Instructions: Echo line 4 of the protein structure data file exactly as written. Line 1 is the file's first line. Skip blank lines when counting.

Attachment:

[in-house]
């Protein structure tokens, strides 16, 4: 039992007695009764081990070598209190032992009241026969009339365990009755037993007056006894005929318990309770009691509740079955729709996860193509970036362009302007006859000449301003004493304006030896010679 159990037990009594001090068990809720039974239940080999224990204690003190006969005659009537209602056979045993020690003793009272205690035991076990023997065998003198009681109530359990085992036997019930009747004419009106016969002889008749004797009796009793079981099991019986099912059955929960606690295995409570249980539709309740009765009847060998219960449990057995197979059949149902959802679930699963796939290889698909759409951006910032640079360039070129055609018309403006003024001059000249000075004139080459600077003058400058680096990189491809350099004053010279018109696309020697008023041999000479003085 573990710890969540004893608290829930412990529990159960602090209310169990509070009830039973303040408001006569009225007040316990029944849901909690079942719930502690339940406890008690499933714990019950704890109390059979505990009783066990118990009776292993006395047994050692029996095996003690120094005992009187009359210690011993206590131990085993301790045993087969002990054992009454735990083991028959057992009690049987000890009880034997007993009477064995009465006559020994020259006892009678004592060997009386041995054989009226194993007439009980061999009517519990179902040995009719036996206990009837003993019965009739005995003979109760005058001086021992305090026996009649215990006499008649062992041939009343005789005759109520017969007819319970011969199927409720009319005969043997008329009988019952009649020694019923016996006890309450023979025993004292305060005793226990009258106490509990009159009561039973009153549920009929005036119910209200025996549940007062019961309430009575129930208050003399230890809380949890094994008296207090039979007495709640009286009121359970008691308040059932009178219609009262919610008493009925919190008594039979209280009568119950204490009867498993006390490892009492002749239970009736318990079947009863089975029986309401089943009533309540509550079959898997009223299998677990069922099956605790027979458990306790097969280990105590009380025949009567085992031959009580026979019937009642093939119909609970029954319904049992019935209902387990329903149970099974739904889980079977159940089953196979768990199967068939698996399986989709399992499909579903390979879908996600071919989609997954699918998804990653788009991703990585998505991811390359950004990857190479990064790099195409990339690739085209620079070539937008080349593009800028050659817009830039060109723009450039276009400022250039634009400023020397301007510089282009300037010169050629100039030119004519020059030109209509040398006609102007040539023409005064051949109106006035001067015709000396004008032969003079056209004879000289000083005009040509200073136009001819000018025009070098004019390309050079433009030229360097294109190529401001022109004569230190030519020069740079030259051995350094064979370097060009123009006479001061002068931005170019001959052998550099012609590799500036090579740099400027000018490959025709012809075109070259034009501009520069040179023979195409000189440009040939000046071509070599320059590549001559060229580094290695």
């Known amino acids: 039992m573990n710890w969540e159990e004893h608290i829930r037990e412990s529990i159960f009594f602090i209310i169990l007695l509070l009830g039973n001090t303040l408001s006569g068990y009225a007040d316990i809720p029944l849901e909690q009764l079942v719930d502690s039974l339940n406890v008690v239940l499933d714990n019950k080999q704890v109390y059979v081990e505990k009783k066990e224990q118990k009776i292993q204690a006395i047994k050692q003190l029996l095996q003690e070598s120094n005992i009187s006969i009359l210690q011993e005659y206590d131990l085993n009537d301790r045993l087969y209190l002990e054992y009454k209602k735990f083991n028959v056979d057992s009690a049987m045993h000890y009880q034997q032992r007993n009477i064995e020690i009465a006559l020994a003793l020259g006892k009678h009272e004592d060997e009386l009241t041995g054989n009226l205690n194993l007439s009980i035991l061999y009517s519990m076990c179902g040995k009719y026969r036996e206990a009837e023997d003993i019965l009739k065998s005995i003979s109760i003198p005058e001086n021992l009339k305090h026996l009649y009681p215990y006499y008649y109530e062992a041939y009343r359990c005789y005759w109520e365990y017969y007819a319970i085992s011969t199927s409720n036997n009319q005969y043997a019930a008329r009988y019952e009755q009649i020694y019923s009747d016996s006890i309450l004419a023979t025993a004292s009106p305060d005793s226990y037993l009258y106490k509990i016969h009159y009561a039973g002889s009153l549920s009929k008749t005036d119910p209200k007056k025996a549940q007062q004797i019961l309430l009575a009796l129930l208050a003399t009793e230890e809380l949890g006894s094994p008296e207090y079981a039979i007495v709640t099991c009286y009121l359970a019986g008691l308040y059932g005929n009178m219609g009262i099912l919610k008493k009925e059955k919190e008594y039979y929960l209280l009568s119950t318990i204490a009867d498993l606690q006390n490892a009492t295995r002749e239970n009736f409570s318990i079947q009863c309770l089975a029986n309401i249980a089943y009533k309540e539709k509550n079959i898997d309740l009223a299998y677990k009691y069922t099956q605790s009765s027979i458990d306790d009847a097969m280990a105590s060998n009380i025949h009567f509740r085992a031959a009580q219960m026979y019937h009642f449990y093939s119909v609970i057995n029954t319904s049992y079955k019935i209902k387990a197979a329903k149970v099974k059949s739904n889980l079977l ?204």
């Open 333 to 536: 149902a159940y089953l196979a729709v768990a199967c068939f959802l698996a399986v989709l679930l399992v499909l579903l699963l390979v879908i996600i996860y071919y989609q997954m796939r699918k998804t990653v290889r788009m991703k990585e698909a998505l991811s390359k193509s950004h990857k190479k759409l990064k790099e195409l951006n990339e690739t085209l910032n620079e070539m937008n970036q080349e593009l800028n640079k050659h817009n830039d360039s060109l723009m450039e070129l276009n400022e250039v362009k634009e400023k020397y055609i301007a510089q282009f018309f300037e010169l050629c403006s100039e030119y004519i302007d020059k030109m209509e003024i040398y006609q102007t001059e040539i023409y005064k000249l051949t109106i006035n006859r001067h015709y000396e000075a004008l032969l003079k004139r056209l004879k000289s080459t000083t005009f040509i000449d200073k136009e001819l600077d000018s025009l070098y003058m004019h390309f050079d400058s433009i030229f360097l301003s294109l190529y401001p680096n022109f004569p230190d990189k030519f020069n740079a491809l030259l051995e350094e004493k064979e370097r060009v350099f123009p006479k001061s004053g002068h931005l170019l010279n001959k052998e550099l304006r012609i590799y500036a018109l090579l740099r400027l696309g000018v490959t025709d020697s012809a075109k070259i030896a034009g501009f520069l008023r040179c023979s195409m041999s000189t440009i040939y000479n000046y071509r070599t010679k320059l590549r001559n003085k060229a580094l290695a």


């Open 333 to 536: 149902a159940y089953l196979a729709v768990a199967c068939f959802l698996a399986v989709l679930l399992v499909l579903l699963l390979v879908i996600i996860y071919y989609q997954m796939r699918k998804t990653v290889r788009m991703k990585e698909a998505l991811s390359k193509s950004h990857k190479k759409l990064k790099e195409l951006n990339e690739t085209l910032n620079e070539m937008n970036q080349e593009l800028n640079k050659h817009n830039d360039s060109l723009m450039e070129l276009n400022e250039v362009k634009e400023k020397y055609i301007a510089q282009f018309f300037e010169l050629c403006s100039e030119y004519i302007d020059k030109m209509e003024i040398y006609q102007t001059e040539i023409y005064k000249l051949t109106i006035n006859r001067h015709y000396e000075a004008l032969l003079k004139r056209l004879k000289s080459t000083t005009f040509i000449d200073k136009e001819l600077d000018s025009l070098y003058m004019h390309f050079d400058s433009i030229f360097l301003s294109l190529y401001p680096n022109f004569p230190d990189k030519f020069n740079a491809l030259l051995e350094e004493k064979e370097r060009v350099f123009p006479k001061s004053g002068h931005l170019l010279n001959k052998e550099l304006r012609i590799y500036a018109l090579l740099r400027l696309g000018v490959t025709d020697s012809a075109k070259i030896a034009g501009f520069l008023r040179c023979s195409m041999s000189t440009i040939y000479n000046y071509r070599t010679k320059l590549r001559n003085k060229a580094l290695a």